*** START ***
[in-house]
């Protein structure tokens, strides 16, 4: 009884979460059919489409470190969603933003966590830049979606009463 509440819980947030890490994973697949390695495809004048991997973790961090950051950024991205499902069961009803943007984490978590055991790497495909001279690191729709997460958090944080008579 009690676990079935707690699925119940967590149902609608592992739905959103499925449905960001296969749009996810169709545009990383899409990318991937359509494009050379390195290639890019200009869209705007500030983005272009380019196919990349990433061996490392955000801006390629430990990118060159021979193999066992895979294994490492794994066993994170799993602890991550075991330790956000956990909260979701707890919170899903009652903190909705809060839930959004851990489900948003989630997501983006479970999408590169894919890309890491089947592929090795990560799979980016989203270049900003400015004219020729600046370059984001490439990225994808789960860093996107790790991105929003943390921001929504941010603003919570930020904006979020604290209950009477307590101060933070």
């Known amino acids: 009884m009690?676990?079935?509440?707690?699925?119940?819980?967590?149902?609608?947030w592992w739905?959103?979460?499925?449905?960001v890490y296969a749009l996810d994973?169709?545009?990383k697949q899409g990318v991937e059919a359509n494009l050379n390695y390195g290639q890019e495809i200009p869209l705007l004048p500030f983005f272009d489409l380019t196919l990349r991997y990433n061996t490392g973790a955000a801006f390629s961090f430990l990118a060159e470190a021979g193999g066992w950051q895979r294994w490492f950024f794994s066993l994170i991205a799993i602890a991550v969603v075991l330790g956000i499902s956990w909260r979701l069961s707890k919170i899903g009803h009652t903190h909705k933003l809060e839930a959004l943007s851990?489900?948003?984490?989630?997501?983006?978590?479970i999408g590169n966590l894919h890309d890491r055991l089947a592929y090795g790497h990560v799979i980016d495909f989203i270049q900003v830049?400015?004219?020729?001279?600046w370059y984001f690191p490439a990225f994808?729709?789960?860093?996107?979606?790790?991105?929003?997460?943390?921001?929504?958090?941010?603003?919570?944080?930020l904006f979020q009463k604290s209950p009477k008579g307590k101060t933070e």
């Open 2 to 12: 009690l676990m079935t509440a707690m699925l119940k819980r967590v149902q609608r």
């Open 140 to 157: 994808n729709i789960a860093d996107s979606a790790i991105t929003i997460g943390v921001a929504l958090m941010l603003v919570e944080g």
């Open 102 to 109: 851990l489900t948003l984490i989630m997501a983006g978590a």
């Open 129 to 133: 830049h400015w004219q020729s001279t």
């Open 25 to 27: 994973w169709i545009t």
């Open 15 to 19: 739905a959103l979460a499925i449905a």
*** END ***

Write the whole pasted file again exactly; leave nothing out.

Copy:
[in-house]
């Protein structure tokens, strides 16, 4: 009884979460059919489409470190969603933003966590830049979606009463 509440819980947030890490994973697949390695495809004048991997973790961090950051950024991205499902069961009803943007984490978590055991790497495909001279690191729709997460958090944080008579 009690676990079935707690699925119940967590149902609608592992739905959103499925449905960001296969749009996810169709545009990383899409990318991937359509494009050379390195290639890019200009869209705007500030983005272009380019196919990349990433061996490392955000801006390629430990990118060159021979193999066992895979294994490492794994066993994170799993602890991550075991330790956000956990909260979701707890919170899903009652903190909705809060839930959004851990489900948003989630997501983006479970999408590169894919890309890491089947592929090795990560799979980016989203270049900003400015004219020729600046370059984001490439990225994808789960860093996107790790991105929003943390921001929504941010603003919570930020904006979020604290209950009477307590101060933070």
């Known amino acids: 009884m009690?676990?079935?509440?707690?699925?119940?819980?967590?149902?609608?947030w592992w739905?959103?979460?499925?449905?960001v890490y296969a749009l996810d994973?169709?545009?990383k697949q899409g990318v991937e059919a359509n494009l050379n390695y390195g290639q890019e495809i200009p869209l705007l004048p500030f983005f272009d489409l380019t196919l990349r991997y990433n061996t490392g973790a955000a801006f390629s961090f430990l990118a060159e470190a021979g193999g066992w950051q895979r294994w490492f950024f794994s066993l994170i991205a799993i602890a991550v969603v075991l330790g956000i499902s956990w909260r979701l069961s707890k919170i899903g009803h009652t903190h909705k933003l809060e839930a959004l943007s851990?489900?948003?984490?989630?997501?983006?978590?479970i999408g590169n966590l894919h890309d890491r055991l089947a592929y090795g790497h990560v799979i980016d495909f989203i270049q900003v830049?400015?004219?020729?001279?600046w370059y984001f690191p490439a990225f994808?729709?789960?860093?996107?979606?790790?991105?929003?997460?943390?921001?929504?958090?941010?603003?919570?944080?930020l904006f979020q009463k604290s209950p009477k008579g307590k101060t933070e």
């Open 2 to 12: 009690l676990m079935t509440a707690m699925l119940k819980r967590v149902q609608r």
């Open 140 to 157: 994808n729709i789960a860093d996107s979606a790790i991105t929003i997460g943390v921001a929504l958090m941010l603003v919570e944080g």
């Open 102 to 109: 851990l489900t948003l984490i989630m997501a983006g978590a």
């Open 129 to 133: 830049h400015w004219q020729s001279t």
């Open 25 to 27: 994973w169709i545009t």
């Open 15 to 19: 739905a959103l979460a499925i449905a």